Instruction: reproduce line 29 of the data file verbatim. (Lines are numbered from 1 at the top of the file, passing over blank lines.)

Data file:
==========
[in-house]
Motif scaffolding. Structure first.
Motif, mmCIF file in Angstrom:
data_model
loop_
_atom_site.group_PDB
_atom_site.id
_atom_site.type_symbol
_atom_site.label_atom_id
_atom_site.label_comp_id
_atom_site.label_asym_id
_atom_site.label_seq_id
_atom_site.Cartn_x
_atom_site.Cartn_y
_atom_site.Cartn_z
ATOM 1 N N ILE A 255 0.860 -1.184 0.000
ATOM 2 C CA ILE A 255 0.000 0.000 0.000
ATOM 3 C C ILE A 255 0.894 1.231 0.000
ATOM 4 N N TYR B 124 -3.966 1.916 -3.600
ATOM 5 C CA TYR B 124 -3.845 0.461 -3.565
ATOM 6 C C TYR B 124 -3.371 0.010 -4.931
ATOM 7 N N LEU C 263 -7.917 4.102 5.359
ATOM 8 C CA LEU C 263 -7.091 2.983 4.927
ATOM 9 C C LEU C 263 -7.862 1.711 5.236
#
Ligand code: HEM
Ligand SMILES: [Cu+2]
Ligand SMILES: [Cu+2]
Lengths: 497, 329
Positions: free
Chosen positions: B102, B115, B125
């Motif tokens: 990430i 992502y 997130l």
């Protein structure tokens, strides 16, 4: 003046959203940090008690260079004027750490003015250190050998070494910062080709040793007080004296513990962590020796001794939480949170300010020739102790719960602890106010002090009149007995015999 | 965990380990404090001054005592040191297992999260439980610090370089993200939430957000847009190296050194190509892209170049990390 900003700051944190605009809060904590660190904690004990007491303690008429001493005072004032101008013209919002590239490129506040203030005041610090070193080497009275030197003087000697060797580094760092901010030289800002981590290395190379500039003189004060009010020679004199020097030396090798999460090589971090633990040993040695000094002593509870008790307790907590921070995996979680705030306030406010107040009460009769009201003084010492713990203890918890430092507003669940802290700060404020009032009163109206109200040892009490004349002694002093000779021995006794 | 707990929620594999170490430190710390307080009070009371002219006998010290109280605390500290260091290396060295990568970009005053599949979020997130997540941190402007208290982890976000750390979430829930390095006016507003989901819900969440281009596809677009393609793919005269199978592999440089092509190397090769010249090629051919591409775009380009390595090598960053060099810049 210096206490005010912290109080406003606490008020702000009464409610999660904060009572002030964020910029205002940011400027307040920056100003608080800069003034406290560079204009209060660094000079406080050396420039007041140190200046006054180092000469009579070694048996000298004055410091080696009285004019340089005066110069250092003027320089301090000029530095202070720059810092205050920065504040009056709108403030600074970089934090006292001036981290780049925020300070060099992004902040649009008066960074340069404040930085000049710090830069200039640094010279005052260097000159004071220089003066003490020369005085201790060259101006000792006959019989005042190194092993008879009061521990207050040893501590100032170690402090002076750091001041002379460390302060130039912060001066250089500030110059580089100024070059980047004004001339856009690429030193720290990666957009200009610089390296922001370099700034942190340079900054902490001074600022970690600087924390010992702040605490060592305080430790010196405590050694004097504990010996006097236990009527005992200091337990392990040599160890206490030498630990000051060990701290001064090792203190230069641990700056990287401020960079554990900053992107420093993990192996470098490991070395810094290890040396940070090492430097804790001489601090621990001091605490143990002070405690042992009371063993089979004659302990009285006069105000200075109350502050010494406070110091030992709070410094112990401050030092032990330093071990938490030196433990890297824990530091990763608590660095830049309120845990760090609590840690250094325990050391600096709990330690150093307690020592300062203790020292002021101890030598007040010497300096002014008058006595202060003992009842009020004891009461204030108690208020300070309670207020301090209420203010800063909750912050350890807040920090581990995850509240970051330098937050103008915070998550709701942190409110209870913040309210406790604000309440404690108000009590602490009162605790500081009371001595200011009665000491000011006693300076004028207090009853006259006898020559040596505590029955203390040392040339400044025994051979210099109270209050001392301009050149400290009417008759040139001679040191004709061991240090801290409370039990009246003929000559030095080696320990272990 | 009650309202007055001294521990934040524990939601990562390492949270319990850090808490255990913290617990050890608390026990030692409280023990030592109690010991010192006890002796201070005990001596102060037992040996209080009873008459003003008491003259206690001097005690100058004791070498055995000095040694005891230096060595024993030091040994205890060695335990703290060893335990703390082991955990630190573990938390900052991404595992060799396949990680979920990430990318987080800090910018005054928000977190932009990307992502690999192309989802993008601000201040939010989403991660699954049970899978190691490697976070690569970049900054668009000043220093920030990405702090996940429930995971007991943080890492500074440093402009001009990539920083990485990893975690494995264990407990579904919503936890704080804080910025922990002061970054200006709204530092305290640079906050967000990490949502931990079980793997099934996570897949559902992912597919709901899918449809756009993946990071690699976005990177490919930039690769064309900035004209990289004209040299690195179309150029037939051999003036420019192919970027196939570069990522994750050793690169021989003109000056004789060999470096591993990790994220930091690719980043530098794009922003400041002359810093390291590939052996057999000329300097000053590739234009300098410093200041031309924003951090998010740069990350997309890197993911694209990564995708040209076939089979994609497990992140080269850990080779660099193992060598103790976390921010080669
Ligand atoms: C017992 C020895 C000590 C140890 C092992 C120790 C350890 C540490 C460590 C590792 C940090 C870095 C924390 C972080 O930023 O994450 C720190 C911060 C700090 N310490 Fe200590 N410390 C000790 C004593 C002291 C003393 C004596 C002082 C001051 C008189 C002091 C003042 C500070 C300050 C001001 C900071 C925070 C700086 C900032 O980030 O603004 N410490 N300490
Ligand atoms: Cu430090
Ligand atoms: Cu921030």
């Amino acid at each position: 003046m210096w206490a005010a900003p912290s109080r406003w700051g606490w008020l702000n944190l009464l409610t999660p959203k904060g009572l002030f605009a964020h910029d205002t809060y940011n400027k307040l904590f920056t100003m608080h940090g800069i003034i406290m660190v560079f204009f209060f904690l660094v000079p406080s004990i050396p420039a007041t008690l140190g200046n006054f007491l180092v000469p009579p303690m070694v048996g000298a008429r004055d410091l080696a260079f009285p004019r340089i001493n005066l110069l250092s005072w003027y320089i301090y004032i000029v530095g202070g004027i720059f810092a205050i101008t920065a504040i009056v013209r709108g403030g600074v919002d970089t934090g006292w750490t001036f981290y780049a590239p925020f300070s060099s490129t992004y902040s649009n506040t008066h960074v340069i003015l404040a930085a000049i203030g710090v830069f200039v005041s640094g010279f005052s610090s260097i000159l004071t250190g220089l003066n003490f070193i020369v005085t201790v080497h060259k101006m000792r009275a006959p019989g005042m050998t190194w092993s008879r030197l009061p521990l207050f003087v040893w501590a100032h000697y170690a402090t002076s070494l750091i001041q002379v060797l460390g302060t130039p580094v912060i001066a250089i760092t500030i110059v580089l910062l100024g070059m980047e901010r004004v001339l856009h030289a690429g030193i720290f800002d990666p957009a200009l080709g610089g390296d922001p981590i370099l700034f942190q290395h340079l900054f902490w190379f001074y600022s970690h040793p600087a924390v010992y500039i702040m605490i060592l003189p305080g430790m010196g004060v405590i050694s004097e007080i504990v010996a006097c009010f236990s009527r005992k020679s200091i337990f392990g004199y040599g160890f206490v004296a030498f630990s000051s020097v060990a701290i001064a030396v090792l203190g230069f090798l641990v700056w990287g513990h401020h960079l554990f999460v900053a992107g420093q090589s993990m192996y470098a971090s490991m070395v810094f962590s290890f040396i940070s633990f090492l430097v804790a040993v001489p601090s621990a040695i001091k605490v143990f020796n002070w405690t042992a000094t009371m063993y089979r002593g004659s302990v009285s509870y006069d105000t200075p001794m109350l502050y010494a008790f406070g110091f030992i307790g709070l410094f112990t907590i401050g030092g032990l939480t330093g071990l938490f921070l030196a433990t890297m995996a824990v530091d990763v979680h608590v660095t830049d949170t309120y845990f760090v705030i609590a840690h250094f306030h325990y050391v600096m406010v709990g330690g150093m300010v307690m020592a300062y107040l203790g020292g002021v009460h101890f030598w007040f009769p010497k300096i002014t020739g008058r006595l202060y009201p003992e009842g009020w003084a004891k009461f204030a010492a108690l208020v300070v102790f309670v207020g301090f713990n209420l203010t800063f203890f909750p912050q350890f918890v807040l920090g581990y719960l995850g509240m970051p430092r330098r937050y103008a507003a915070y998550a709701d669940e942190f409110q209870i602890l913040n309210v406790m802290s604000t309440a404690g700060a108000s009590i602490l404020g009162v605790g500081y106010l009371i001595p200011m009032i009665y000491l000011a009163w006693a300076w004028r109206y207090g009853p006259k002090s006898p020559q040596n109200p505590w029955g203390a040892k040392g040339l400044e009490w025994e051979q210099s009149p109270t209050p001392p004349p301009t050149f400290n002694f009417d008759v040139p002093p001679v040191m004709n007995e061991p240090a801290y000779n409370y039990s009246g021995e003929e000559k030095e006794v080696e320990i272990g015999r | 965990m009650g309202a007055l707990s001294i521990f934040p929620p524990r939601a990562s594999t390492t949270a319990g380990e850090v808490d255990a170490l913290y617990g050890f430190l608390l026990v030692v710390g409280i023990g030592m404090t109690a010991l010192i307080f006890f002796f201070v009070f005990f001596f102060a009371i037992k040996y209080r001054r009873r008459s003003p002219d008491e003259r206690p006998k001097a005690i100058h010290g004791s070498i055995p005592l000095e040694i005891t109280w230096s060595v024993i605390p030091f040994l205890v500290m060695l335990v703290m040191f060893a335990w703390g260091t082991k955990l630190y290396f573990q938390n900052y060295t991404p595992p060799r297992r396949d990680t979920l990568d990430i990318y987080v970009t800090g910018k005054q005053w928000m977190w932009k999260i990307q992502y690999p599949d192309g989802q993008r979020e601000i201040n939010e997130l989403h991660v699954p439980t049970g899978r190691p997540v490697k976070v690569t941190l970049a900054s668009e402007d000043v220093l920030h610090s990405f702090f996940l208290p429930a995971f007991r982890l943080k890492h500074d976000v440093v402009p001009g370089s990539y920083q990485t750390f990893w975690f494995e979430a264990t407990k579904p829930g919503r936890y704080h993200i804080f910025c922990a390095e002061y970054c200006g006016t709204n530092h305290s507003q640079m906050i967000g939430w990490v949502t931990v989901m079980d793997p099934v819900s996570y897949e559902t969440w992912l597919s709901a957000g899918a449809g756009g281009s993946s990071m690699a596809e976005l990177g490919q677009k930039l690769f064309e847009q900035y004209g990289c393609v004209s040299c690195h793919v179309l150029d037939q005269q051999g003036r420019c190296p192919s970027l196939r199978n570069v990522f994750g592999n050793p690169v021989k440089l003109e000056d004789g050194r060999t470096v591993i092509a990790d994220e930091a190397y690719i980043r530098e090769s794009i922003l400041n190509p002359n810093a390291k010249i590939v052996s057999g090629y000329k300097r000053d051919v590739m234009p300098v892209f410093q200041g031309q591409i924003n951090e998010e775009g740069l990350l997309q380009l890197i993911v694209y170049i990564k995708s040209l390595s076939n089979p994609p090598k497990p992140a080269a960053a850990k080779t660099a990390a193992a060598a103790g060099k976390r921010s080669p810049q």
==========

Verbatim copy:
Lengths: 497, 329